New synthetic antithrombotic drug could reduce DVT risk after hip surgery

Two studies in this week’s issue of THE LANCET highlight how a new class of synthetic antithrombotic drug could be more effective than conventional therapy in reducing the risk of potentially fatal blood clots associated with hip-replacement surgery.

Between 16 and 30% of patients who undergo Hip-replacement surgery have a risk of developing deep-vein thrombosis (DVT)-even when anti-clotting agents such as heparin and warfarin are used. DVT from hip surgery can occasionally result in death due to pulmonary embolism (in around 0.1-0.4% of cases). Michael Rud Lassen from University Hospital Copenhagen, Hillerød, Denmark, and colleagues assessed the ability of fondaparinux, the first of a new class of synthetic antithrombotic agents, to further reduce DVT risk.

Around 2300 patients from 16 European countries who were undergoing elective hip-replacement surgery were randomly assigned to once daily injections of either 2.5 mg fondaparinux, starting postoperatively, or 40 mg of the anti-clotting agent enoxaparin, starting preoperatively. Analysis was based on the outcomes of 79% of the patients who took part in the study. By the eleventh day after surgery, venous thromboembolisms were recorded in 4% of patients assigned fondaparinux and in 9% assigned enoxaparin. The two groups did not differ in frequency of death or clinically relevant bleeding.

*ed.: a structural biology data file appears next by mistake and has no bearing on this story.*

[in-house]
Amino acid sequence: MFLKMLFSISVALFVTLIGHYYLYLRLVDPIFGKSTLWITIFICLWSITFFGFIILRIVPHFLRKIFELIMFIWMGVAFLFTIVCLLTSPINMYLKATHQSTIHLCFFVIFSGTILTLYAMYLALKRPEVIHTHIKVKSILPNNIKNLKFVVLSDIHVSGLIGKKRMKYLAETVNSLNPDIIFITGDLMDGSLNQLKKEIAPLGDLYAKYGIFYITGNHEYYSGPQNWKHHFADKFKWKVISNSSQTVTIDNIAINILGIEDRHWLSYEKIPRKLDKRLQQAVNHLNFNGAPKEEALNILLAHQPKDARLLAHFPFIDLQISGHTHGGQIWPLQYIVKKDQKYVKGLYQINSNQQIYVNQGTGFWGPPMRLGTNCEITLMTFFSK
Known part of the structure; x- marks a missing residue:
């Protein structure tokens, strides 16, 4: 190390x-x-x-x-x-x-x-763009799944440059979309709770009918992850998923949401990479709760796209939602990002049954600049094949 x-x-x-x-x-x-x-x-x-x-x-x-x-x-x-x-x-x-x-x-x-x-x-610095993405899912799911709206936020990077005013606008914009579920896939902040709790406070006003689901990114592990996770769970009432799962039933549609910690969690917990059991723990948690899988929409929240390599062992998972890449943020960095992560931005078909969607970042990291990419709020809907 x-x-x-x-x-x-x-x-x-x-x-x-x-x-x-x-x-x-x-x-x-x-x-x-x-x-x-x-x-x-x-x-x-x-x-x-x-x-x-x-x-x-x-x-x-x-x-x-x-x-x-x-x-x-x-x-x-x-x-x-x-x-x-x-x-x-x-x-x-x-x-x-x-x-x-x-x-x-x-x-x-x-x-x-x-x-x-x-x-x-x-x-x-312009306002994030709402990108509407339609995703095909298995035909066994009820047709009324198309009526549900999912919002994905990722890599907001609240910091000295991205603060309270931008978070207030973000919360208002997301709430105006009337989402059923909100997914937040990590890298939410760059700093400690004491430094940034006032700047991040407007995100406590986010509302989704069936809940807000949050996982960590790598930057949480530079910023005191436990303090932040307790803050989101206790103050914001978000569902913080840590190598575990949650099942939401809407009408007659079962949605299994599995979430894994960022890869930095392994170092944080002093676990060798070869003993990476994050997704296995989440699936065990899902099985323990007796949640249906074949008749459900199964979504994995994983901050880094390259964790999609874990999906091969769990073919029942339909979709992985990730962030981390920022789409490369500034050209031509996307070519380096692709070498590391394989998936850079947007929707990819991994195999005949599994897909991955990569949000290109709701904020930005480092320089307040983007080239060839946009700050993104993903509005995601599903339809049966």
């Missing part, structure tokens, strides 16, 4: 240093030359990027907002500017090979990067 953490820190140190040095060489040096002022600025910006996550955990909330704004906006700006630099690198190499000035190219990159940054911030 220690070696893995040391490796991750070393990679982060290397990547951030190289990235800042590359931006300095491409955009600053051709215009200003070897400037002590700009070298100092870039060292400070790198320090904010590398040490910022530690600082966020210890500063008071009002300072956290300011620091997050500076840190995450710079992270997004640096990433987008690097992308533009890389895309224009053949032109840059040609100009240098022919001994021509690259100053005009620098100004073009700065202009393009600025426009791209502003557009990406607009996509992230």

A second study in this week’s issue of THE LANCET by the same team of investigators (led by Alexander Turpie from Hamilton Health Sciences, Canada), compared the effects of fondaparinux with enoxaparin when either drug was given postoperatively to patients after hip-replacement surgery. 2275 patients were recruited from the USA, Canada, and Australia; there was a 26% reduction in venous thromboembolism among patients given fondaparinux which was clinically (but not statistically) significant

In an accompanying Commentary (p 1710), Henri Bounameaux from University Hospitals of Geneva, Switzerland, concludes: “Improved efficacy and synthetic nature (compared with heparins, including low-molecular-weight heparin, that are extracted from animal material) are considerable assets for the new drug. Its widespread use in clinical practice, however, will depend on the overall benefit-risk and cost analysis. Major bleeding was about 1% more with fondaparinux than with enoxaparin. Is the synthetic pentasaccharide more effective while being more dangerous? Indeed, symptomless deep-vein thrombosis may not trouble most surgeons and patients . However, the surgeon is always held responsible for a major bleeding complication. Thus, fragile patients (eg, those underweight, with impaired renal function, or any haemorrhagic tendency) should probably not receive fondaparinux, especially because only a single fixed dose regimen has been studied in phase III. Nonetheless, fondaparinux may herald a new era in effective prevention of venous thromboembolism, despite the potential for increased bleeding. As with any new drug, fondaparinux should be used cautiously and only in patients who reflect the population of the clinical trials in which the drug was evaluated.”

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